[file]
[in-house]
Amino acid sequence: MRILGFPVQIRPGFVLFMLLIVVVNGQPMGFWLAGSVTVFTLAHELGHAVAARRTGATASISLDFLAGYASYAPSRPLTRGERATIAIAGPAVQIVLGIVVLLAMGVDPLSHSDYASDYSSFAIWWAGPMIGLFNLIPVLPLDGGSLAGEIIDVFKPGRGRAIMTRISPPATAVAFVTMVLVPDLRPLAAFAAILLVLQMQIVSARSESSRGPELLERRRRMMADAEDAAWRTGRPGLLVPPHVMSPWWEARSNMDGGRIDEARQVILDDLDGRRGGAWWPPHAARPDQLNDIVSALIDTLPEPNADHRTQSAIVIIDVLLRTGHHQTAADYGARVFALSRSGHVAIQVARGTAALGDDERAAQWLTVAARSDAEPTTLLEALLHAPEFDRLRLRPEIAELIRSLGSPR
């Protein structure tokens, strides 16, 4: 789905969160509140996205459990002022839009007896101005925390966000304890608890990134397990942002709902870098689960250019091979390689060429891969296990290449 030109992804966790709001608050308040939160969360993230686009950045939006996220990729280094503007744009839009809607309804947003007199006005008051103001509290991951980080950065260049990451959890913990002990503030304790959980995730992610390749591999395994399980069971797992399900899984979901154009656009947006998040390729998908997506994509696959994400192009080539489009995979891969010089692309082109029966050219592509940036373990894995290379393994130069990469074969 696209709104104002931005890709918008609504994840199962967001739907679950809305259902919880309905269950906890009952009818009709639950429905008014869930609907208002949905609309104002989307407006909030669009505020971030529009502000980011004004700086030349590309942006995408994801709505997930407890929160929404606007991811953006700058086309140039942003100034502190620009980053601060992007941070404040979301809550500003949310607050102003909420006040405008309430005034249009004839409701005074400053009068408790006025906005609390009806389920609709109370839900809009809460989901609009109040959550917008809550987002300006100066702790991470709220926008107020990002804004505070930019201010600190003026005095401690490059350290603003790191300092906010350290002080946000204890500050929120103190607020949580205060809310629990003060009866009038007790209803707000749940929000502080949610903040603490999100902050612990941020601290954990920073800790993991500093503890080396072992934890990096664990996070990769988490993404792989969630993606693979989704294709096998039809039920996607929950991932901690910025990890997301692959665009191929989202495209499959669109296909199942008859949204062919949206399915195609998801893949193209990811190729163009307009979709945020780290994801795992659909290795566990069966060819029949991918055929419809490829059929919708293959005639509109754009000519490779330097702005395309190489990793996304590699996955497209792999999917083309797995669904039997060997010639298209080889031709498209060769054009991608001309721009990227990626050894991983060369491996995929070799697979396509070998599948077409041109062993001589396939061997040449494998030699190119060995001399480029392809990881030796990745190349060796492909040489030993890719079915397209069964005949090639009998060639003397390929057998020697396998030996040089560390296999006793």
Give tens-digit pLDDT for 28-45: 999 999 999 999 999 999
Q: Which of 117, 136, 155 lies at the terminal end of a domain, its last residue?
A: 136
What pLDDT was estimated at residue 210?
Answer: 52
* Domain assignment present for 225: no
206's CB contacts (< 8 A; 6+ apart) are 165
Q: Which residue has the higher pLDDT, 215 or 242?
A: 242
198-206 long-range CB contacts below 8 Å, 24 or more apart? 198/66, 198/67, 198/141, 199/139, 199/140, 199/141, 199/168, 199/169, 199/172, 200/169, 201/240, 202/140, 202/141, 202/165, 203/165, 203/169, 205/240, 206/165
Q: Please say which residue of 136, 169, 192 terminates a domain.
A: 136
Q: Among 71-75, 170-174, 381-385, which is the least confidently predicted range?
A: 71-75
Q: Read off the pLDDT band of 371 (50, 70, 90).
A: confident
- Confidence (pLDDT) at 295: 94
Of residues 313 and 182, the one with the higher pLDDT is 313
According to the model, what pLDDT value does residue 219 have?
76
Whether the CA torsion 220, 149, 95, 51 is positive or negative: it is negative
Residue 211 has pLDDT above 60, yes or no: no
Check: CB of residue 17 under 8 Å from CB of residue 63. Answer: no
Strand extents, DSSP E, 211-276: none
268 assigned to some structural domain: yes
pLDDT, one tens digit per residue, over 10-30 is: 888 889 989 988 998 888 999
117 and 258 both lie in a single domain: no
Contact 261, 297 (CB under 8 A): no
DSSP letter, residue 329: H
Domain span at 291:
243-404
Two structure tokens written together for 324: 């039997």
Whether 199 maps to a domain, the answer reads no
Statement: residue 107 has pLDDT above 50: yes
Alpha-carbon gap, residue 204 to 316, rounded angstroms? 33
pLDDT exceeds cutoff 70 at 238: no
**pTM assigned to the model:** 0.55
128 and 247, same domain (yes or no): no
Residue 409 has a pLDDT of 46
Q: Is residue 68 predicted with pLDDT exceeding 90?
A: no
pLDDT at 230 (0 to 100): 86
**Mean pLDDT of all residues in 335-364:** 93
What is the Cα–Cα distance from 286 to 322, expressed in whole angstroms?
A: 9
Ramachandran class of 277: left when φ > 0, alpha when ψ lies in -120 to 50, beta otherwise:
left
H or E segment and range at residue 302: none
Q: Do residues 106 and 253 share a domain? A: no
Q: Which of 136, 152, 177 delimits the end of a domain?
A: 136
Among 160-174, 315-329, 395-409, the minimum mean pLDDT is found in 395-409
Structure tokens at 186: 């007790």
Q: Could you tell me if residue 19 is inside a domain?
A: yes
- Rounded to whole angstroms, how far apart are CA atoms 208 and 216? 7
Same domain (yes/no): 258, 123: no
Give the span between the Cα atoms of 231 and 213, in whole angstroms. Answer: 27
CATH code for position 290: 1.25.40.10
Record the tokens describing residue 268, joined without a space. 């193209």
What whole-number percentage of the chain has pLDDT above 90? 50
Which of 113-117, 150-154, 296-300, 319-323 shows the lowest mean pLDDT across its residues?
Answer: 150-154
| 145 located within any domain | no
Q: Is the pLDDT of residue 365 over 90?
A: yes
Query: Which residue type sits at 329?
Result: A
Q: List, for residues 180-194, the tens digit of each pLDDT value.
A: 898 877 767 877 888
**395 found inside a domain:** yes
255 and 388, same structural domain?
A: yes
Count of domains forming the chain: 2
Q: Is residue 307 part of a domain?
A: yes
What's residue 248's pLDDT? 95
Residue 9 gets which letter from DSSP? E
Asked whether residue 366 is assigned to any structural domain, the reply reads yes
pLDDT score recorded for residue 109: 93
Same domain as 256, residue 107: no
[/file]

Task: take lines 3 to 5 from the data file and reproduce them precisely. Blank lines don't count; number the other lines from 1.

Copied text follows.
């Protein structure tokens, strides 16, 4: 789905969160509140996205459990002022839009007896101005925390966000304890608890990134397990942002709902870098689960250019091979390689060429891969296990290449 030109992804966790709001608050308040939160969360993230686009950045939006996220990729280094503007744009839009809607309804947003007199006005008051103001509290991951980080950065260049990451959890913990002990503030304790959980995730992610390749591999395994399980069971797992399900899984979901154009656009947006998040390729998908997506994509696959994400192009080539489009995979891969010089692309082109029966050219592509940036373990894995290379393994130069990469074969 696209709104104002931005890709918008609504994840199962967001739907679950809305259902919880309905269950906890009952009818009709639950429905008014869930609907208002949905609309104002989307407006909030669009505020971030529009502000980011004004700086030349590309942006995408994801709505997930407890929160929404606007991811953006700058086309140039942003100034502190620009980053601060992007941070404040979301809550500003949310607050102003909420006040405008309430005034249009004839409701005074400053009068408790006025906005609390009806389920609709109370839900809009809460989901609009109040959550917008809550987002300006100066702790991470709220926008107020990002804004505070930019201010600190003026005095401690490059350290603003790191300092906010350290002080946000204890500050929120103190607020949580205060809310629990003060009866009038007790209803707000749940929000502080949610903040603490999100902050612990941020601290954990920073800790993991500093503890080396072992934890990096664990996070990769988490993404792989969630993606693979989704294709096998039809039920996607929950991932901690910025990890997301692959665009191929989202495209499959669109296909199942008859949204062919949206399915195609998801893949193209990811190729163009307009979709945020780290994801795992659909290795566990069966060819029949991918055929419809490829059929919708293959005639509109754009000519490779330097702005395309190489990793996304590699996955497209792999999917083309797995669904039997060997010639298209080889031709498209060769054009991608001309721009990227990626050894991983060369491996995929070799697979396509070998599948077409041109062993001589396939061997040449494998030699190119060995001399480029392809990881030796990745190349060796492909040489030993890719079915397209069964005949090639009998060639003397390929057998020697396998030996040089560390296999006793």
Give tens-digit pLDDT for 28-45: 999 999 999 999 999 999
Q: Which of 117, 136, 155 lies at the terminal end of a domain, its last residue?